The American Political Pattern
Stability and Change, 1932-2016
Byron E. Shafer
Politicians are polarized. Public opinion is volatile. Government is gridlocked. Or so journalists and pundits constantly report. But where are we, really, in modern American politics, and how did we get there? Those are the questions that Byron E. Shafer aims to answer in The American Political Pattern. Looking at the state of American politics at diverse points over the past eighty years, the book draws a picture, broad in scope yet precise in detail, of our political system in the modern era. It is a picture of stretches of political stability, but also, even more, of political change, one that goes a long way toward explaining how shifting factors alter the content of public policy and the character of American politicking.
Shafer divides the modern world into four distinct periods: the High New Deal (1932–1938), the Late New Deal (1939–1968), the Era of Divided Government (1969–1992), and the Era of Partisan Volatility (1993–2016). Each period is characterized by a different arrangement of the same key factors: party balance, ideological polarization, issue conflict, and the policy-making process that goes with them.
“Shafer has produced an ambitious book that helps explain political dynamics across a wide swath of American history.”
—Political Science Quarterly
“Shafer’s enterprise is truly grand and will undoubtedly raise numerous debates in the years to come.”
—Perspectives on PoliticsSee all reviews...
“This complex and illuminating study merits the attention of both historians and public policy analysts.”
—Journal of American History
“Shafer aims to provide a means to understand the whole of American politics since the New Deal, and in this he succeeds. Highly recommended”
“We have here an original ordering of American political history since 1932 that makes good sense. Shafer brings together evidence on election results, roll call voting, and party organization to craft his case. There is wealth of historical information presented with a deft touch.”
—David R. Mayhew is Sterling Professor of Political Science at Yale University
“Understanding the broad historical sweep of changing political party bases and the connection to policy enactments in Congress is a very demanding task. Too often scholars focus on just one of these or get bogged down in detail and history gets lost. Byron Shafer has drawn on his remarkable breadth of knowledge and managed to produce an engaging analysis of shifting party concerns, evolving factional party fights, and how these affected voting on policy legislation. For those who want a wide-ranging and enlightening political history, this is an outstanding book. Books like this come along far too infrequently. I highly recommend it. ”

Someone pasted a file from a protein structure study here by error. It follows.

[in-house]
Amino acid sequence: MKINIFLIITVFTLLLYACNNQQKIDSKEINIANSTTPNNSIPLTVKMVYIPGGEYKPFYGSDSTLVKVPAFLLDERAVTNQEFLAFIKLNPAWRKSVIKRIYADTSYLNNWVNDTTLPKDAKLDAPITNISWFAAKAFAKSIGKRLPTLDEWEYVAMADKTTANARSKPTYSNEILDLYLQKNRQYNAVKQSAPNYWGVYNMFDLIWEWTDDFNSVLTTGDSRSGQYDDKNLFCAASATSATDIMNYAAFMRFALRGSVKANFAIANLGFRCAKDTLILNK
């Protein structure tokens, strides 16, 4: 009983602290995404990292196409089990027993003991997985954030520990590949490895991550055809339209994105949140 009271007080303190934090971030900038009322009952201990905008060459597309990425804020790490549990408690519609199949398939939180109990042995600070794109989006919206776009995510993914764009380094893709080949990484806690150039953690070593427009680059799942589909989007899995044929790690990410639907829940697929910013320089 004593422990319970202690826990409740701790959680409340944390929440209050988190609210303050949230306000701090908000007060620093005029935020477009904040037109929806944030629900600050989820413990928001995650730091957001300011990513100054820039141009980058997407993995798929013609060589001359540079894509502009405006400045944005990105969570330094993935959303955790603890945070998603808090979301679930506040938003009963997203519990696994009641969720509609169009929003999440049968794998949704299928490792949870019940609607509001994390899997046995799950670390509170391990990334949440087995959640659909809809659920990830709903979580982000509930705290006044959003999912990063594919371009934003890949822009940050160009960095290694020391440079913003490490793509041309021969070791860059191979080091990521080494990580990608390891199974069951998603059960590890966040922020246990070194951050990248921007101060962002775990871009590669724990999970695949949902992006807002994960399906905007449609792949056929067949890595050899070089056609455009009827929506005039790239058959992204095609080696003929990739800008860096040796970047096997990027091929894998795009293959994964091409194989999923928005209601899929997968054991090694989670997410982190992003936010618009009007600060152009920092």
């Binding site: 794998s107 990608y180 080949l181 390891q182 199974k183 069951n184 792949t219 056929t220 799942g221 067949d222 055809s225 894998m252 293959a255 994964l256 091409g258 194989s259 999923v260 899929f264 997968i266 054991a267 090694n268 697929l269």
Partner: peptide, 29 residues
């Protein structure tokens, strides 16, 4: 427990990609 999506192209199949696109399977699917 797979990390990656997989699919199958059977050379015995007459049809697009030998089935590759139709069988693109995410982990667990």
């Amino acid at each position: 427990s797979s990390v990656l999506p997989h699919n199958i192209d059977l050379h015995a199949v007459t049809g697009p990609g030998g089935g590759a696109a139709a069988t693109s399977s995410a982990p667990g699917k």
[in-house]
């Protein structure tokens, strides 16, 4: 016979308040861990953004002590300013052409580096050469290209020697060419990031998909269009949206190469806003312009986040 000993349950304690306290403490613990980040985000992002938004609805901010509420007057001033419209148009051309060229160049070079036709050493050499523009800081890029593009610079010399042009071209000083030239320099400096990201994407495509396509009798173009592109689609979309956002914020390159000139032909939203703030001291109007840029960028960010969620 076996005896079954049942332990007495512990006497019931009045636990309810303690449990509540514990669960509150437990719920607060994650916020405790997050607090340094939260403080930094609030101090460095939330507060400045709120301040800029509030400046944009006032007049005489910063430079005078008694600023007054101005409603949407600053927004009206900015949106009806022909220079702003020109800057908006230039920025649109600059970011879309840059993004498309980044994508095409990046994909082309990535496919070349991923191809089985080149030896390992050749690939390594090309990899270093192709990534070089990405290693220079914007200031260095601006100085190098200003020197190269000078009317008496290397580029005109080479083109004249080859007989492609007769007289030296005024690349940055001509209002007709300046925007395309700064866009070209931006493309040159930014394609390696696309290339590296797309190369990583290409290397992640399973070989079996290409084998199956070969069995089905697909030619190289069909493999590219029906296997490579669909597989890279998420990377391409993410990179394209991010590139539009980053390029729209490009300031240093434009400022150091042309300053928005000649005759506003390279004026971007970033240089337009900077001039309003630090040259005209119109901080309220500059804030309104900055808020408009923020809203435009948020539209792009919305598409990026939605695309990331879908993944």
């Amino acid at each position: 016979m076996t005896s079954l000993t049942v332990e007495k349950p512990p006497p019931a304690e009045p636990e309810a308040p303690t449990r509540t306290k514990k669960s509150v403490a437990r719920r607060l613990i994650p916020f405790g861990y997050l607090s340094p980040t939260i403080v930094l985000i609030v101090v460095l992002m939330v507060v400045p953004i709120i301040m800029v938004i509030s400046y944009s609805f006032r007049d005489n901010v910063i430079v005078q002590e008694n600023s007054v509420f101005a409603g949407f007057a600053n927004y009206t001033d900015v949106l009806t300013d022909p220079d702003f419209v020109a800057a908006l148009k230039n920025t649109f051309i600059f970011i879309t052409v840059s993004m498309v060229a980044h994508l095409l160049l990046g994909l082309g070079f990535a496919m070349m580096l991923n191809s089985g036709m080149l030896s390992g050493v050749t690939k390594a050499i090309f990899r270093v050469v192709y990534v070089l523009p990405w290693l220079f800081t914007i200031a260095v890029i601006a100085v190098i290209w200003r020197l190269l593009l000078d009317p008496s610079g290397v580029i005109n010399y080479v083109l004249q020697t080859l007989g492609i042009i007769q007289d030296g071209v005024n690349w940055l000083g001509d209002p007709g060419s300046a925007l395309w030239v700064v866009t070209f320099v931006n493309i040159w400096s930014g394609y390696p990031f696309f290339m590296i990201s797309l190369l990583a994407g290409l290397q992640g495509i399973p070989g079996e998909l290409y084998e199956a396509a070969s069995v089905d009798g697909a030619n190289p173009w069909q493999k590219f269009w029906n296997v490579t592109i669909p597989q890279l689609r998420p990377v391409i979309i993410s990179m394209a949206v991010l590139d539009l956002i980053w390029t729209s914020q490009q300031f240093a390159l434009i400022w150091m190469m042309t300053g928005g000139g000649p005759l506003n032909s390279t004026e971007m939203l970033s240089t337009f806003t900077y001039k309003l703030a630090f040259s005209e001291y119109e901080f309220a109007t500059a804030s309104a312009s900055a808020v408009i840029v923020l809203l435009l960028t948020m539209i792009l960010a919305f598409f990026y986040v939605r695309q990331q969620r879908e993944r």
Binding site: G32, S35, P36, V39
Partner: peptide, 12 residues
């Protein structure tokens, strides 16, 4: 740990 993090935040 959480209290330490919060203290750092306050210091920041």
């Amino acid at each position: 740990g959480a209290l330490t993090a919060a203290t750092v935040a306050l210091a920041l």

—Jeffrey M. Stonecash, author of Party Pursuits and the Presidential-House Election Connection,1900–2008
“This is a masterful analysis by a distinguished scholar of American politics. Focusing on the interplay between party balance, ideological polarization, and central issue domains across four eras of American politics since the Great Depression, Shafer presents a vivid account of dynamic political transformations. For the many political observers who bemoan today’s bitter partisan and policy conflicts, Shafer’s book is a bracing reminder that the current era, like its predecessors, will pass away.”
—Bruce Miroff, author of Presidents on Political Ground: Leaders in Action and What They Face
“I know of no other book on political partisanship that so deftly combines electoral analysis, institutional politics and substantive public policy debate.”
—Gareth Davies, author of See Government Grow: Education Politics from Johnson to ReaganSee fewer reviews...
The American Political Pattern shows how these factors are in turn shaped by permanent aspects of the US Constitution, most especially the separation of powers and federalism, while their alignment is simultaneously influenced by the external demands for governmental action that arise in each period, including those derived from economic currents, major wars, and social movements. Analyzing these periods, Shafer sets the terms for understanding the structure and dynamics of politics in our own turbulent time. Placing the current political world in its historical and evolutionary framework, while illuminating major influences on American politics over time, his book explains where this modern world came from, why it endures, and how it might change yet again.